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Aerospace or Astrophysics

  1. Sep 14, 2011 #1
    My current issue is that I am starting to believe I made a slightly wrong choice in my degree. But then again, it's hard to say. I love everything about space and so getting a degree in it has been my dream. I really want to be one of the people that help move our society toward space travel. I figured the best way to do this was to become an aerospace engineer. I assumed that not only did they build spacecraft, they discovered new ways to travel and would solve issues such as a better energy source. Now I'm not sure if that is true. However, I enrolled to the University of Alabama for a BS in aerospace engineering. But now that I have done a lot of research, I am extremely interested in astrophysics. I always was, but the main reason I did not pursue a degree was because I was afraid the only jobs out there for astrophysics was being a professor and doing research, mainly because alot of it is theories and cannot be applied. However now that I think about it, wouldn't the astrophysicist be the only to help develop ways for better space travel, while the aerospace engineer just then incorporates it into a design?

    I have always been bad at actually designing things, but I figured I could get better and become an engineer. However if being an astrophysicist had real, applicable jobs besides being a professor, and could actually lead me toward helping discover news ways to travel space, I would switch over. I don't think it's too late to switch, it's only the first semester and most of it is core classes anyways.

    So, if anyone with information about this could help, I just need a few questions answered before I make my decision:

    1. Which job (aerospace or astrophysicists) would focus more on solving issues with space travel, such as better energy resources, discovering new ways to fly, etc.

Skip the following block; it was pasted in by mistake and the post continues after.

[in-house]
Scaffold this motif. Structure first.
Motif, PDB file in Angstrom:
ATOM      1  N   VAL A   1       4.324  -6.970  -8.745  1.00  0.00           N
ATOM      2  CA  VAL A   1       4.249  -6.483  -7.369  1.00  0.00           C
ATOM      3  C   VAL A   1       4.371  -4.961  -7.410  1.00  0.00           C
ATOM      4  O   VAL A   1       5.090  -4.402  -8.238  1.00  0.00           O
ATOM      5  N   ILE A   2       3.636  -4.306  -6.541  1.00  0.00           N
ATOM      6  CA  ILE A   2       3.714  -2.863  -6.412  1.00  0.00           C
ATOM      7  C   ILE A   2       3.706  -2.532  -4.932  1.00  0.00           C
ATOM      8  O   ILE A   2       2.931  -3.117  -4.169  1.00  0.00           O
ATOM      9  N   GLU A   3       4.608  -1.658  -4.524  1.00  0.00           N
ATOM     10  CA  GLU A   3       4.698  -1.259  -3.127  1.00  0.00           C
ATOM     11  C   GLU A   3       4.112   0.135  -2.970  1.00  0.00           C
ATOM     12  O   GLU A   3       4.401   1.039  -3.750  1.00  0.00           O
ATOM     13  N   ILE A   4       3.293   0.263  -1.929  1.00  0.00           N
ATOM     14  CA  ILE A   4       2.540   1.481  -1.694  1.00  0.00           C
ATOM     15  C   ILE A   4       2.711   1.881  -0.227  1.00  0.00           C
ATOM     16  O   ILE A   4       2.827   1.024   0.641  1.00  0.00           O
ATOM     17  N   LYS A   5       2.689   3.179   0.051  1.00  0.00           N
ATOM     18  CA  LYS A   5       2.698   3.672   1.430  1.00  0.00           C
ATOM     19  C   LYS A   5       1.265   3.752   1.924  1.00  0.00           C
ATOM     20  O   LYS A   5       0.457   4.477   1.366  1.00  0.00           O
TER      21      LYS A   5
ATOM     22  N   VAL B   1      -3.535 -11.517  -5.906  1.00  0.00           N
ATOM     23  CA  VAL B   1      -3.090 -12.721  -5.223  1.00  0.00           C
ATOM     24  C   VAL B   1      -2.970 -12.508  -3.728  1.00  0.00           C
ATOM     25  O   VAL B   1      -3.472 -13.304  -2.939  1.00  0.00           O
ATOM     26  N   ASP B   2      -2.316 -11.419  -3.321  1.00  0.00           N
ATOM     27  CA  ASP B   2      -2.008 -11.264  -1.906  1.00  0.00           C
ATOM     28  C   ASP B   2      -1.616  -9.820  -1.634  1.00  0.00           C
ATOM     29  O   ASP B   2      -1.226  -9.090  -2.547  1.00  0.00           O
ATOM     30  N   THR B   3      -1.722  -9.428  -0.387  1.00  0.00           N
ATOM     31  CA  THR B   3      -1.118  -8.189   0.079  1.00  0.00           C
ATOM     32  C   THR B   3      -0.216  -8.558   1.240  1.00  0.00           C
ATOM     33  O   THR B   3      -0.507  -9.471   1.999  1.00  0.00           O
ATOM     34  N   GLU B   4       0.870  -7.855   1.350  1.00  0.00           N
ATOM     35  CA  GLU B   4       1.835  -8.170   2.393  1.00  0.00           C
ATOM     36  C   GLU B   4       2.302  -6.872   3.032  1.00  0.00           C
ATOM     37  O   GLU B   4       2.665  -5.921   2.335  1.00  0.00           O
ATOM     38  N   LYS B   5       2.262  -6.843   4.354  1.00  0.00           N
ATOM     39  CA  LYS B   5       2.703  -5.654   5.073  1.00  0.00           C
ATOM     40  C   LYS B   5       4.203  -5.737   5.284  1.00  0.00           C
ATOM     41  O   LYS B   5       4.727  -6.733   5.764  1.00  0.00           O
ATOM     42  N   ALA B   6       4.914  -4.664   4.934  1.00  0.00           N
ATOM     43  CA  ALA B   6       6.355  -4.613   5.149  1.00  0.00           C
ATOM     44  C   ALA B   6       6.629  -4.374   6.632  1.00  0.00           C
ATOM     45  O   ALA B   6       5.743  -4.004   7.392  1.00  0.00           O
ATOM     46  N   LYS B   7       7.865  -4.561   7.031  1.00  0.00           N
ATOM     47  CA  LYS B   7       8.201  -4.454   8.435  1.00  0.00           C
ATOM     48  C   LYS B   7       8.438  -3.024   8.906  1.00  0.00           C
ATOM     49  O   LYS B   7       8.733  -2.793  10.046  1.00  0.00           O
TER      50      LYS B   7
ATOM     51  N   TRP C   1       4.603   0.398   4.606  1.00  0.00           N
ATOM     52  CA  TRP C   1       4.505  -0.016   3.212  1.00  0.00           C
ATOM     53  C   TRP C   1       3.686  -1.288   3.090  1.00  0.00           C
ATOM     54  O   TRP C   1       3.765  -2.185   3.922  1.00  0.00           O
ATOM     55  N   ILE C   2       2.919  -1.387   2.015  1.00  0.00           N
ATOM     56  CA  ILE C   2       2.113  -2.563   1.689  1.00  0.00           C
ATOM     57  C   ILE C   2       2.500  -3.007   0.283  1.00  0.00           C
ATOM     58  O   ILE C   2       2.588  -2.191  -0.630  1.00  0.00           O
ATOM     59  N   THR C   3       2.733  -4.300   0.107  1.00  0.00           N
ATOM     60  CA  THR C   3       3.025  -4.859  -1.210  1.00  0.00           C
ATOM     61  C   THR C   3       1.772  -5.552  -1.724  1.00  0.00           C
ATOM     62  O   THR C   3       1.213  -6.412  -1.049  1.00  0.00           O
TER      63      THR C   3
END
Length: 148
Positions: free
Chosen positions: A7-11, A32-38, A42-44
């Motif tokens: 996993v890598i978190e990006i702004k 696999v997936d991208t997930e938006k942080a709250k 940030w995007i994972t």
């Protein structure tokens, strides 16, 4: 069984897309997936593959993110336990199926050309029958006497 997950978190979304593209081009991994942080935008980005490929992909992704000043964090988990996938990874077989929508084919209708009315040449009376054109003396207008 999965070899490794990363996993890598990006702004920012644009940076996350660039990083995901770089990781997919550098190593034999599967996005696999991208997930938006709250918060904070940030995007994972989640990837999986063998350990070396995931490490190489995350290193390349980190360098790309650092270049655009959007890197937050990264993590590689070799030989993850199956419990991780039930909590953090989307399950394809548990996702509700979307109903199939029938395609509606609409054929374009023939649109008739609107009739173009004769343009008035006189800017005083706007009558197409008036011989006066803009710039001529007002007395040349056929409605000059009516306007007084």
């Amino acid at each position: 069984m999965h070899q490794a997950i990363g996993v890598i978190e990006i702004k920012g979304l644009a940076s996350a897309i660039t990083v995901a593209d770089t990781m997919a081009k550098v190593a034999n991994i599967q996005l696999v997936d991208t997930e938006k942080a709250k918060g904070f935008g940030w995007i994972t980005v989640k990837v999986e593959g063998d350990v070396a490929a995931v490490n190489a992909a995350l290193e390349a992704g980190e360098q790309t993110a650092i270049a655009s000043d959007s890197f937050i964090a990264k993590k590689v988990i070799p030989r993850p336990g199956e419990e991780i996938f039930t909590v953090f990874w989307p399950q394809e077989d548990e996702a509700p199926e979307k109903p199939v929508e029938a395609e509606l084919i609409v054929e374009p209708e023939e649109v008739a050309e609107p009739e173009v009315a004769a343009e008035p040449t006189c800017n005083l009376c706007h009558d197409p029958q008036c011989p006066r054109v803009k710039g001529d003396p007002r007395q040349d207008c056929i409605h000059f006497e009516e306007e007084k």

2. Would an astrophysicist have available jobs without a Ph.D and would these jobs be other things than a professor? I don't mind researching, in fact that is what I would want to do to help discover things, but I would rather research/help a company than just be a professor. I hate teaching.

    3. Would an astrophysicist make good money? Compared to an aerospace engineer, which would make more?

    4. Lastly, how do I get a degree in astrophysics? My current university only offers a BS in Physics, so would I have to go into graduate school to specialize in astrophysics?


    I am well capable of going to grad school, please don't let costs of college factor into this. I was going to get my masters in aerospace anyways. I just want to know which (aerospace or astrophysicist) would fit my dream to bring humanity closer to space travel more. But at the same time, I want to make sure I can get a great job with a great pay. I don't want to spend years studying and stressing to learn stuff beyond what the average person can just to make less than $100k a year.


    Sorry about the long post, but this is a very important issue, it's no longer high school, this is my career now and my life. I want to make the right decision before it's too late. Also, if I just got a minor in physics, could I still then go on to get a masters in astrophysics? That way I could do both aero and physics and see which I actually like more before grad school. The only physics course i've ever taken was high school physics. I didn't really like it, though I don't like anything hard, but when we talked about space I was extremely into it.
     
  2. jcsd
  3. Sep 14, 2011 #2

    eri

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    1. You should stick with aerospace engineering.

    2. There are very few jobs in astrophysics if you don't have a PhD, and all the PhD jobs are research jobs, many of them teaching. However, those jobs are still hard to get, so if you don't like teaching you don't have many options left.

    3. No, aerospace engineers with a bachelors can make twice as much as an astrophysicist with a PhD. I know this from personal experience - mine and that of most other PhDs in astronomy/physics that I know who didn't go work for the government.

    4. Yes, you'd need to go get a PhD in astronomy or physics. You'd do that somewhere else anyway; you don't stay at the same school for all degrees.
     
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